For all his success, he's an inveterate risk taker, almost going bankrupt twice when he divided everything he had between Tesla and SpaceX. Today he is worth £14.7 billion.
His character leaves something to be desired, however. His lack of empathy has prompted some to suggest he sits somewhere on the autism spectrum.
Others say his problem is not having too few emotions, but too many — talking about his father is still enough to make him cry and he has admitted to his terrible fear of being alone.
However, he has a reputation as an exacting boss. He is said to have brutally high expectations and is ready to dress down any underling who doesn't meet his deadlines for his rocket and car projects.
According to a biographer, when his PA asked for a pay rise, Musk asked if he could first try doing her job. He ended up sacking her instead.
He met his first wife, novelist Justine Wilson, while they were students in Canada. Their marriage produced six sons, including one who died at 10 weeks, but ended in acrimony.
She said he was an icy, domineering figure determined to make her a blonde trophy wife.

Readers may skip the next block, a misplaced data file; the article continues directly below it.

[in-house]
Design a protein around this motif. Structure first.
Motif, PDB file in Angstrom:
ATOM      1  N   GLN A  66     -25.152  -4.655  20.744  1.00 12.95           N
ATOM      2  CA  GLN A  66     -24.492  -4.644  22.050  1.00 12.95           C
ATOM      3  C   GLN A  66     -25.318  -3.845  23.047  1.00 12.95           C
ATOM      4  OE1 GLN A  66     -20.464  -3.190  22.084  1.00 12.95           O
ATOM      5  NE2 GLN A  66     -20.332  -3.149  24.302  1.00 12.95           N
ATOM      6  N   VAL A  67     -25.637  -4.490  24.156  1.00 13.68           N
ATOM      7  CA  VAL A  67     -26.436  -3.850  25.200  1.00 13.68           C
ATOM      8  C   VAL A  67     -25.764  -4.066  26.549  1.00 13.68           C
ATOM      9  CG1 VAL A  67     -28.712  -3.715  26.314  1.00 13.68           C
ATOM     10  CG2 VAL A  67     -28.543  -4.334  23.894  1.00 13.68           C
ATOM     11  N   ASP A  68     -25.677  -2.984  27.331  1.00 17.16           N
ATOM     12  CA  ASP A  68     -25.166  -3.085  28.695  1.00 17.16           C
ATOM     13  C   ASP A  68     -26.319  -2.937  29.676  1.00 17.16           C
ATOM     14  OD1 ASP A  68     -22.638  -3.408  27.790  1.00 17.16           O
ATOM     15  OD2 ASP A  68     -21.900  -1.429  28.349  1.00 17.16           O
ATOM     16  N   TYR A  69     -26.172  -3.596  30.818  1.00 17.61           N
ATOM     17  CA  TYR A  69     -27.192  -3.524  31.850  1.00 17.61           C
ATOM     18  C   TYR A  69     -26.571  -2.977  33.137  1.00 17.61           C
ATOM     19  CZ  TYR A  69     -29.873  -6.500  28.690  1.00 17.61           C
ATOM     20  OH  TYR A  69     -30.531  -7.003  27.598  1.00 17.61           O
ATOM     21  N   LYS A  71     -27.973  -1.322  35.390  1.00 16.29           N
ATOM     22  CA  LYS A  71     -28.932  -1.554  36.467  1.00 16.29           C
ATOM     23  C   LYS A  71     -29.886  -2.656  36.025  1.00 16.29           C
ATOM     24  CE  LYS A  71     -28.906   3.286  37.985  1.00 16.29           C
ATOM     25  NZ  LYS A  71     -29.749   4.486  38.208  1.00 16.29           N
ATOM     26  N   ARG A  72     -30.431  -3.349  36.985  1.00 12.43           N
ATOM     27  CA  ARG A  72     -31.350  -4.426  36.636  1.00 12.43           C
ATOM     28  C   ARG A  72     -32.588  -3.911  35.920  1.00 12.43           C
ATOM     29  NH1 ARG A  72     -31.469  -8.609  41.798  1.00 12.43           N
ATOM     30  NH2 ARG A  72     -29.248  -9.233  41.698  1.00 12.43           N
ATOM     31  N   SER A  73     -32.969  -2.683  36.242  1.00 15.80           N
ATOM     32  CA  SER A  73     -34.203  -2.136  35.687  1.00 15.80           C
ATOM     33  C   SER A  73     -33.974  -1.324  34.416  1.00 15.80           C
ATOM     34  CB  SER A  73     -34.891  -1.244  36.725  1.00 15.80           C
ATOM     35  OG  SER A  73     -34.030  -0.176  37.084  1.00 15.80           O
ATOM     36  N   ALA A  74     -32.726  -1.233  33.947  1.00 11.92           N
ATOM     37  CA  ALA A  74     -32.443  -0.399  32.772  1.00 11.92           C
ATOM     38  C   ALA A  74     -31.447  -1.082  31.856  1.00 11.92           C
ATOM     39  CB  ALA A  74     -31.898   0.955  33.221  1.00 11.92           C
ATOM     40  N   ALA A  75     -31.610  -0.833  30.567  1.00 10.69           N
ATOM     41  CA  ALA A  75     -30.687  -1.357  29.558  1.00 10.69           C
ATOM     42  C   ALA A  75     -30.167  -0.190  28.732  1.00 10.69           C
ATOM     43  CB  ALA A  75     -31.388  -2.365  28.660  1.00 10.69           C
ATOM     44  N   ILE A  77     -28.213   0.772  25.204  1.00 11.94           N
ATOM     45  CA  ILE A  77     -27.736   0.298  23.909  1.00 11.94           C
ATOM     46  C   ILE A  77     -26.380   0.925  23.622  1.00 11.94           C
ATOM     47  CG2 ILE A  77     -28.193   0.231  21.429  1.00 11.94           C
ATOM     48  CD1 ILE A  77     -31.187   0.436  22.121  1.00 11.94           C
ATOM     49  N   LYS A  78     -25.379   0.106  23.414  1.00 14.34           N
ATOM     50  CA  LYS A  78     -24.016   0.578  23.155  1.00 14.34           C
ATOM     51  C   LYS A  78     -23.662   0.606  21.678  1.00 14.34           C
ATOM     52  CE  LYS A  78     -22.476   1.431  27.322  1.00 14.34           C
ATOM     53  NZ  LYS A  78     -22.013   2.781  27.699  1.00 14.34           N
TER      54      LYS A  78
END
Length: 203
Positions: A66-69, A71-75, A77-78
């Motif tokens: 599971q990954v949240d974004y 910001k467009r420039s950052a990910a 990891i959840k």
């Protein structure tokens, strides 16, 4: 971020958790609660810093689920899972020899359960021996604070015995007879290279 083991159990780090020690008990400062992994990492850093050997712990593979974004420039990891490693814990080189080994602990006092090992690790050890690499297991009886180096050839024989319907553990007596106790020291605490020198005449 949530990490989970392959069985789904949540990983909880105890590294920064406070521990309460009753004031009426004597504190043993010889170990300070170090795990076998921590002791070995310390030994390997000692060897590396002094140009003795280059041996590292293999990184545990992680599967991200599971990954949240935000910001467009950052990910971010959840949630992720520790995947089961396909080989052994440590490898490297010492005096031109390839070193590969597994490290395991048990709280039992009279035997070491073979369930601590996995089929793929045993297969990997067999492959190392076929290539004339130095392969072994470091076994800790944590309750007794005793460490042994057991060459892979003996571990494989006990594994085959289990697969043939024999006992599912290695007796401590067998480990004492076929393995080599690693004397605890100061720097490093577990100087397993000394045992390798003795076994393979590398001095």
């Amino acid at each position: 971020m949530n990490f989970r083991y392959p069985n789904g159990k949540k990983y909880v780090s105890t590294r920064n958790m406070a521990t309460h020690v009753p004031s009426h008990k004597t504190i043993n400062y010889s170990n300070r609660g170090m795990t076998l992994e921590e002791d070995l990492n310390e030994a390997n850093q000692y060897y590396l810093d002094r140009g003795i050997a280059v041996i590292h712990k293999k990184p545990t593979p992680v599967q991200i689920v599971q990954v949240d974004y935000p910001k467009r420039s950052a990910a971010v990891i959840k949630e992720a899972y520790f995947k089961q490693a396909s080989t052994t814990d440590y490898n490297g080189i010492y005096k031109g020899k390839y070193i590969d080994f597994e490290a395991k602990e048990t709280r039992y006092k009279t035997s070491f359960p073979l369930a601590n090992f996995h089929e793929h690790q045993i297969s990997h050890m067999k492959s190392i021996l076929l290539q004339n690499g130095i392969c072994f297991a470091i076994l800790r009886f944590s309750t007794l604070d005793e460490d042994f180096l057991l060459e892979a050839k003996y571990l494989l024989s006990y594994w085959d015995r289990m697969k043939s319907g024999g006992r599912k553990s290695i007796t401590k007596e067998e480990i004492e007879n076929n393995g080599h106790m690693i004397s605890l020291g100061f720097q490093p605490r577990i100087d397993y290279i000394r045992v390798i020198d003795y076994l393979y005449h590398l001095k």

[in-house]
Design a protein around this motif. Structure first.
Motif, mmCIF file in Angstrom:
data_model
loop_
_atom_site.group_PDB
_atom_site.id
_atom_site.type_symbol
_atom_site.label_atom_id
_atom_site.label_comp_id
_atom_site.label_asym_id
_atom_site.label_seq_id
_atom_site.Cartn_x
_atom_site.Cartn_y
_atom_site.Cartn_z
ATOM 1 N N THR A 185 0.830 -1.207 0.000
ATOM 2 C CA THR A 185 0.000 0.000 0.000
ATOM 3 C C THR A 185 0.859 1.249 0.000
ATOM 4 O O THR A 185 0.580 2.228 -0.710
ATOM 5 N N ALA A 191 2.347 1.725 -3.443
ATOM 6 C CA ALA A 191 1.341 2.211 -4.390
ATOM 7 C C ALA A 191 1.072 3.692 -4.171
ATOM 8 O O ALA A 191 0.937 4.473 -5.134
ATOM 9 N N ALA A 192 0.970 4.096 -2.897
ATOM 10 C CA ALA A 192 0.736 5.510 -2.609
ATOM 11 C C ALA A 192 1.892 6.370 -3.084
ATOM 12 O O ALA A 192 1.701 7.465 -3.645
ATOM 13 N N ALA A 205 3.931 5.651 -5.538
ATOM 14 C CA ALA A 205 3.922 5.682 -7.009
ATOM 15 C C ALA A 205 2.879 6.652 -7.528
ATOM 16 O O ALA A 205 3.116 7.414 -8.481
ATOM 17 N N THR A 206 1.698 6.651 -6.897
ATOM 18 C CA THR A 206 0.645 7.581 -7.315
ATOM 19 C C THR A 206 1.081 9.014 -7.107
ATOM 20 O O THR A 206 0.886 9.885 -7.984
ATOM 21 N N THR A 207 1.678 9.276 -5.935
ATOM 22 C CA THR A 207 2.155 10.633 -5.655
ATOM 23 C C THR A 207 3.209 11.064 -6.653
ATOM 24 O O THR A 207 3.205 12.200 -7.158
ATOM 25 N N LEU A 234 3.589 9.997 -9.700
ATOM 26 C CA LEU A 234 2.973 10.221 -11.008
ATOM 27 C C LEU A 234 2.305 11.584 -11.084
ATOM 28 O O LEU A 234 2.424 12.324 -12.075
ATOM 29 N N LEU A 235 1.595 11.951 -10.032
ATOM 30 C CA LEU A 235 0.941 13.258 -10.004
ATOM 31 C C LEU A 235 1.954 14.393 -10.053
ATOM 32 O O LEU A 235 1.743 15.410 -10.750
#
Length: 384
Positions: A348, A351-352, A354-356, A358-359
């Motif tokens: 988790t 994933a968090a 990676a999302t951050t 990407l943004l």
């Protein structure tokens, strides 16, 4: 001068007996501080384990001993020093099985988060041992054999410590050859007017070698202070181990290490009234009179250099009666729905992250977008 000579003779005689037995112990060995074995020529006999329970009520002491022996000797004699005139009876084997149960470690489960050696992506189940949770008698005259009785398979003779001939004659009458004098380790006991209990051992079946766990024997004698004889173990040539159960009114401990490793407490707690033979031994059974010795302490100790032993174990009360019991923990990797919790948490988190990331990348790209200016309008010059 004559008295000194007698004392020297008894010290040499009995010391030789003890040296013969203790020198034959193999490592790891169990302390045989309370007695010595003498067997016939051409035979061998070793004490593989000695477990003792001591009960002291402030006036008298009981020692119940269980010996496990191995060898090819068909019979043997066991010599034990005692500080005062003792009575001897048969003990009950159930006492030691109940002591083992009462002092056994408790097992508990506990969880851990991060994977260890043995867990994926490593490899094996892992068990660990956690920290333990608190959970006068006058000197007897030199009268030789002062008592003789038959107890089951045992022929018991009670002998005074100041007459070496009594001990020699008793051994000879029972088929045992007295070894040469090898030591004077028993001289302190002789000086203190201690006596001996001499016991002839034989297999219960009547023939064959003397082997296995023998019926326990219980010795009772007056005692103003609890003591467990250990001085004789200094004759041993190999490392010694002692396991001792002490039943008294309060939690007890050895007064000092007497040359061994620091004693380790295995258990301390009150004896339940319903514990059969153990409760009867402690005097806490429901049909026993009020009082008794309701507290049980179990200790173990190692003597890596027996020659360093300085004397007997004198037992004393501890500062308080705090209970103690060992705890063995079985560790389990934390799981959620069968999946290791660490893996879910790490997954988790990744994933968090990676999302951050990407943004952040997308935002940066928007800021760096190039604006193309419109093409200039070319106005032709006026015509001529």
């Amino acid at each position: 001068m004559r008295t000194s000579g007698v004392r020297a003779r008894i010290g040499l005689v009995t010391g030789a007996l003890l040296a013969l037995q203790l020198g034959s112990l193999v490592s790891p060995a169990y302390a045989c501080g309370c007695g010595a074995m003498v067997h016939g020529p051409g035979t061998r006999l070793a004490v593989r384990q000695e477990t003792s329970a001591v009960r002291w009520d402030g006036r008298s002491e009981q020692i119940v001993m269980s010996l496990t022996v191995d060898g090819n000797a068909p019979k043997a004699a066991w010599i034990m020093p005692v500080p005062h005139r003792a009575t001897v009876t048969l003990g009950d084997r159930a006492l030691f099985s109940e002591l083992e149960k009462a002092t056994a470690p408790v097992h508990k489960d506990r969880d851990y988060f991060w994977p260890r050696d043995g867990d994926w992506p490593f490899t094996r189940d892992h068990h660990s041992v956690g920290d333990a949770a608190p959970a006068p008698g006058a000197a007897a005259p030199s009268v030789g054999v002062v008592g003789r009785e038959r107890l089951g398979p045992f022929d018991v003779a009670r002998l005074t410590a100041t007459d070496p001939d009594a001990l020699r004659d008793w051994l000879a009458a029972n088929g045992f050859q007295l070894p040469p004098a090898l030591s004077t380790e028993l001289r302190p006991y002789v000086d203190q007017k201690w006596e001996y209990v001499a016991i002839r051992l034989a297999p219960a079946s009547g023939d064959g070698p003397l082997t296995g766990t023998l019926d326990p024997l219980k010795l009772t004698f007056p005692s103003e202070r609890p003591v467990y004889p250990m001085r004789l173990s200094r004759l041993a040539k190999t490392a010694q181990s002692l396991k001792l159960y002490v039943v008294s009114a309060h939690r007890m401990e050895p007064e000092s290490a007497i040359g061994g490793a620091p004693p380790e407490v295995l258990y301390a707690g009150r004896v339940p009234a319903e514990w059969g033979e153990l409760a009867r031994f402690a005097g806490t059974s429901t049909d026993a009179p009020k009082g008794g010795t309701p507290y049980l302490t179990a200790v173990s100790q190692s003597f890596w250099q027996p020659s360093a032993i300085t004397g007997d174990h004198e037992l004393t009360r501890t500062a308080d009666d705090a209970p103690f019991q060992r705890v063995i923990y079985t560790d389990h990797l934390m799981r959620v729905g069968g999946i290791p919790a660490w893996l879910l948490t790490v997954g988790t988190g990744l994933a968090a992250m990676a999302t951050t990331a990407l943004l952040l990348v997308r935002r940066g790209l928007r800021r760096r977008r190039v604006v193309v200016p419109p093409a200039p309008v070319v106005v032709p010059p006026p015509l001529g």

He met second wife, British actress Talulah Riley, in a London nightclub in 2008, and they talked all night about spacecraft design.
She insists she was genuinely fascinated. They married in 2010, divorced in 2012, remarried a year later and divorced again in 2016.
Perhaps he kept going back to her because he loathes solitude.
He once admitted: "Going to sleep alone kills me.'"
He also had a year-long romance with Amber Heard, the actress ex-wife of Johnny Depp, before he dumped her like a spent rocket booster last summer.
He recently insisted he was looking for a long-term relationship, and that he cannot be happy if he's not in love.
But given that he's also said: "I'd like to die on Mars. Just not on impact", there may not be as many women lining up to be at his side as you might imagine.
Musk isn't the only Silicon Valley mogul sinking billions into what's been dubbed the "nerd space race".
Amazon founder Jeff Bezos, a big Star Trek fan, is working on an even bigger reuseable rocket than Falcon Heavy.
As well as ferrying high-paying space tourists, he wants to fill near-space with orbiting hotels, floating heavy industry plants and colonies for millions of people.
Google co-founder Larry Page and other Silicon Valley billionaires have set up Planetary Resources, a venture to explore landing on asteroids, to mine them for rare elements.
Sir Richard Branson wants to create the first commercial space tourism business — taking passengers into orbit on Virgin Galactic.
Paul Allen, co-founder of Microsoft, is financing Stratolaunch, which aims to build the world's biggest aircraft to launch satellites and rockets at high altitude.
And Robert Bigelow, a US hotel tycoon and UFO believer, is preparing us for living on other planets. The Bigelow Expandable Activity Module, BEAM, is a module which he says can allow us to live on the Moon, Mars or in space.
But for all his competitors the spotlight is on Elon Musk, the first man to put a car into orbit.